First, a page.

Dinner on the Bridge draws 240 people to Medora

MEDORA — It wasn’t that many years ago that one of Jackson County’s most famous landmarks drew visitors from every state and 39 countries in a one-year period.

In fact, the number of visitors to the Medora Covered Bridge, the longest historic covered bridge in the country, continues to draw as many as 20,000 visitors a year.

And sometimes, visitors from other states stop by to see the bridge and find their way back for the annual Dinner on the Bridge, held each year on the first Saturday of August, Nick Walden said.

That makes all of the work Walden and many others put into making the bridge good throughout the way and planning and preparing for the dinner worth it.

“Some days, Morris hangs out and gives people tours,” Walden said of Morris Tippin, who put together Friends of the Medora Covered Bridge. That organization came together after the 434-foot bridge, built in 1875, spans the East Fork White River and underwent a renovation project in 2011.

Walden said he also spends time at the bridge.

“I even enjoy picking up the trash, making the place look good,” Walden said. “It’s beautiful. The scenery is nice. The bridge is nice. The history is amazing. The pinnacle of that is seeing the tourists come out from all over the world coming out here and being in awe of it.”

Attendance for this year’s dinner, the 11th, was down a little perhaps because of gas prices and everything else going on, Tippin said.

“We have about 240,” he said.

Tippin said he never thought the dinner would grow to where it is today.

“Not when we started,” he said. “The first year, we had 135. We had three years when we had 300.”

Members of the friends organization keep the grass mowed and pick up the trash every day, Tippin said. The dinner has helped fund a security system and power to the bridge.

Members of the organization, such as Melinda Hypes, who is originally from Medora, and her husband, Morris Hypes of Campbellsburg, also come out to help with the dinner.

“We have been a part of the friends group ever since its inception,” she said.

The Hypes met Tippin, who was putting together the group to help save the bridge for the future.

“So we wanted to be a part of it,” Melinda said.

On Saturday, she was taking tickets at the west end of the bridge. The Hypes also help out when the organization sets up a booth at local festivals and sells T-shirts and souvenirs made from the lumber from the bridge that has been painted by Walden.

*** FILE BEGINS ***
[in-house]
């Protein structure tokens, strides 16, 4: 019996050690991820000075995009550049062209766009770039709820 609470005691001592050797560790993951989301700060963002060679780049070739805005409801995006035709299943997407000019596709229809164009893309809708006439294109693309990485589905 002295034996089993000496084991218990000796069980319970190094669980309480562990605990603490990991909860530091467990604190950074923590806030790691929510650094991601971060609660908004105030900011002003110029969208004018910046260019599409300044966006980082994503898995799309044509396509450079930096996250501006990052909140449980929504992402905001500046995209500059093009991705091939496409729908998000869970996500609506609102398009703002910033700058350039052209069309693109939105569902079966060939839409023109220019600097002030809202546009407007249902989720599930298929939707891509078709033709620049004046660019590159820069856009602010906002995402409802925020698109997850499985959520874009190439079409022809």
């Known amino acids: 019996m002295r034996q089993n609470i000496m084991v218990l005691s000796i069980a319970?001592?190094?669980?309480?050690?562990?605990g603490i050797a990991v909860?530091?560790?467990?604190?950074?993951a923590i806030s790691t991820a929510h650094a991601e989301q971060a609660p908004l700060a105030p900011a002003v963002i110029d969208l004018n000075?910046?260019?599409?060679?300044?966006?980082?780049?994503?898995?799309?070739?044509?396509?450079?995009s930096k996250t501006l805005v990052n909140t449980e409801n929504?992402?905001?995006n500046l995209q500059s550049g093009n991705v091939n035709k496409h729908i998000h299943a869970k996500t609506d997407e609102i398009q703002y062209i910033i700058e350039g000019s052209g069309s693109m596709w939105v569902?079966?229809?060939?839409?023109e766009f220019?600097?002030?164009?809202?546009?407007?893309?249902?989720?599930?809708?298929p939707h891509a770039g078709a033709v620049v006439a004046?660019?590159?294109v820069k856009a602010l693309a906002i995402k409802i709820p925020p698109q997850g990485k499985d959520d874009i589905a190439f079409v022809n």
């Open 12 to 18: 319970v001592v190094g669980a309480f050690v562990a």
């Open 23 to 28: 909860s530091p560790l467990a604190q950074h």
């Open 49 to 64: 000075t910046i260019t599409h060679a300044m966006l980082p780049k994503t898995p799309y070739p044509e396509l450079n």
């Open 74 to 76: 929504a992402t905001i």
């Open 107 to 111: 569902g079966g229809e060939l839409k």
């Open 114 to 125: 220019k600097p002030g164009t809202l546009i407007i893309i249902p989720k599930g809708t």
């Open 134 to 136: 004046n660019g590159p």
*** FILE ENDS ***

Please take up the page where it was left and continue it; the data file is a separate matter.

Walden, who grew up in Medora and still lives there, also has been involved with the friends organization from the beginning.

“Morris was collecting lumber and looking for an artist,” he said.

During this year’s dinner, held Saturday, a group of women from south central Indiana were first-time attendees of the dinner.

“It’s my mom’s birthday, and we go out every month for dinner,” Monica Grider of Columbus said. “We wanted to do something different. One of the members told about this. She’d heard about it. We thought, ‘Oh my gosh! This sounded so cool.’ We like to think outside the box, so we came out and thought we would check it out.”

Other members of the group attending the dinner were Angela Walker of Columbus, Jamie Hughey of Florida, Mary Smith of Columbus, Pam Spurlock from Beech Grove, Diana Wells from Brownstown, Patsy Bennett of Columbus and Cindy Galbraith of Seymour.

Walker said eating dinner on the bridge was not too bad.

“We’ve had dinner in a barn,” she said. “We’re good with it.”

The group wore red hats, except those who have birthdays wore purple hats.

The music was provided by Vince and Donna Griffin.

“These people are amazing. They are from Floyds Knobs. They refuse to take money,” Walden said.

“This is their third or fourth year,” he said. “I met them at the bridge. We became friends, and they are musicians. The Sure Shot Turkey Dusters that used to play out here couldn’t do it anymore, so I got them to do it, and I could not be happier.”

Jerry and Amber Henson, who also are musicians, run the sound system for the dinner each year, Walden said.

“They play a few songs, too,” he said of the Hensons.

“We have a lot of support,” Walden said.

The dinner also features a drawing for items donated by local businesses and an ironing board from parts of the bridge that wasn’t used during the renovation project. Proceeds go to Friends of the Medora Covered Bridge.

The bridge, built by Joseph J. Daniels of Rockville, was closed to traffic in 1972 but remains open to pedestrians and bicyclists today. The Burr truss design bridge took nine months to build and cost $18,142. It was added to the National Register of Historic Places in 2007.